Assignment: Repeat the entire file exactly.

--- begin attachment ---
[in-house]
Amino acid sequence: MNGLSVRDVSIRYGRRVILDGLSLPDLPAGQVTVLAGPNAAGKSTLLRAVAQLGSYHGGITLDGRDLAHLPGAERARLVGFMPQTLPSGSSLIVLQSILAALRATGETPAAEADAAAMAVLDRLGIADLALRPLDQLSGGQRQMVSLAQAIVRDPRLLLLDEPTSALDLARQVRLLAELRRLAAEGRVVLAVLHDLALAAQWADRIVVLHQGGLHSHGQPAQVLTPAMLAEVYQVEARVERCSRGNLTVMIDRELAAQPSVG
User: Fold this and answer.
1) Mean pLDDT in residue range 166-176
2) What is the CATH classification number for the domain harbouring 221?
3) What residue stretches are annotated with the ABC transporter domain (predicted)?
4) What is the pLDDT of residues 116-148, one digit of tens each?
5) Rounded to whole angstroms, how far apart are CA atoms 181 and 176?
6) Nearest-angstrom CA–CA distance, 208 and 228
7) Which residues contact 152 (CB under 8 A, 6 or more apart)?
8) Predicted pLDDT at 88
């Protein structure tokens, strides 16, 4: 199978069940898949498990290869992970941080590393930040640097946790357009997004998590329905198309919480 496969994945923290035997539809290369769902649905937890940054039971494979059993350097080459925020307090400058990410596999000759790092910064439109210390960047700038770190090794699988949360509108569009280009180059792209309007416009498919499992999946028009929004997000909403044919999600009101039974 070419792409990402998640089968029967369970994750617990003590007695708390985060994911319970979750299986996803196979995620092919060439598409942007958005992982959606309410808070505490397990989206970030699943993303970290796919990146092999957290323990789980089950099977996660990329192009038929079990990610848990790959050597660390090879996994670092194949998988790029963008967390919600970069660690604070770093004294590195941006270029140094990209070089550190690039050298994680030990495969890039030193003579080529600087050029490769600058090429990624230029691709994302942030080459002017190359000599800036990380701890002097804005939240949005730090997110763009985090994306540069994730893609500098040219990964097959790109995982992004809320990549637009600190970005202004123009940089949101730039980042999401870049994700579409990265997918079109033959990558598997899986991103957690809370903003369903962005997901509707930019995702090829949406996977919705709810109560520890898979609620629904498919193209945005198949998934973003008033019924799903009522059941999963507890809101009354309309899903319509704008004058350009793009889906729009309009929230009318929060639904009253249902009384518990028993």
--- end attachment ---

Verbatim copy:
[in-house]
Amino acid sequence: MNGLSVRDVSIRYGRRVILDGLSLPDLPAGQVTVLAGPNAAGKSTLLRAVAQLGSYHGGITLDGRDLAHLPGAERARLVGFMPQTLPSGSSLIVLQSILAALRATGETPAAEADAAAMAVLDRLGIADLALRPLDQLSGGQRQMVSLAQAIVRDPRLLLLDEPTSALDLARQVRLLAELRRLAAEGRVVLAVLHDLALAAQWADRIVVLHQGGLHSHGQPAQVLTPAMLAEVYQVEARVERCSRGNLTVMIDRELAAQPSVG
User: Fold this and answer.
1) Mean pLDDT in residue range 166-176
2) What is the CATH classification number for the domain harbouring 221?
3) What residue stretches are annotated with the ABC transporter domain (predicted)?
4) What is the pLDDT of residues 116-148, one digit of tens each?
5) Rounded to whole angstroms, how far apart are CA atoms 181 and 176?
6) Nearest-angstrom CA–CA distance, 208 and 228
7) Which residues contact 152 (CB under 8 A, 6 or more apart)?
8) Predicted pLDDT at 88
């Protein structure tokens, strides 16, 4: 199978069940898949498990290869992970941080590393930040640097946790357009997004998590329905198309919480 496969994945923290035997539809290369769902649905937890940054039971494979059993350097080459925020307090400058990410596999000759790092910064439109210390960047700038770190090794699988949360509108569009280009180059792209309007416009498919499992999946028009929004997000909403044919999600009101039974 070419792409990402998640089968029967369970994750617990003590007695708390985060994911319970979750299986996803196979995620092919060439598409942007958005992982959606309410808070505490397990989206970030699943993303970290796919990146092999957290323990789980089950099977996660990329192009038929079990990610848990790959050597660390090879996994670092194949998988790029963008967390919600970069660690604070770093004294590195941006270029140094990209070089550190690039050298994680030990495969890039030193003579080529600087050029490769600058090429990624230029691709994302942030080459002017190359000599800036990380701890002097804005939240949005730090997110763009985090994306540069994730893609500098040219990964097959790109995982992004809320990549637009600190970005202004123009940089949101730039980042999401870049994700579409990265997918079109033959990558598997899986991103957690809370903003369903962005997901509707930019995702090829949406996977919705709810109560520890898979609620629904498919193209945005198949998934973003008033019924799903009522059941999963507890809101009354309309899903319509704008004058350009793009889906729009309009929230009318929060639904009253249902009384518990028993």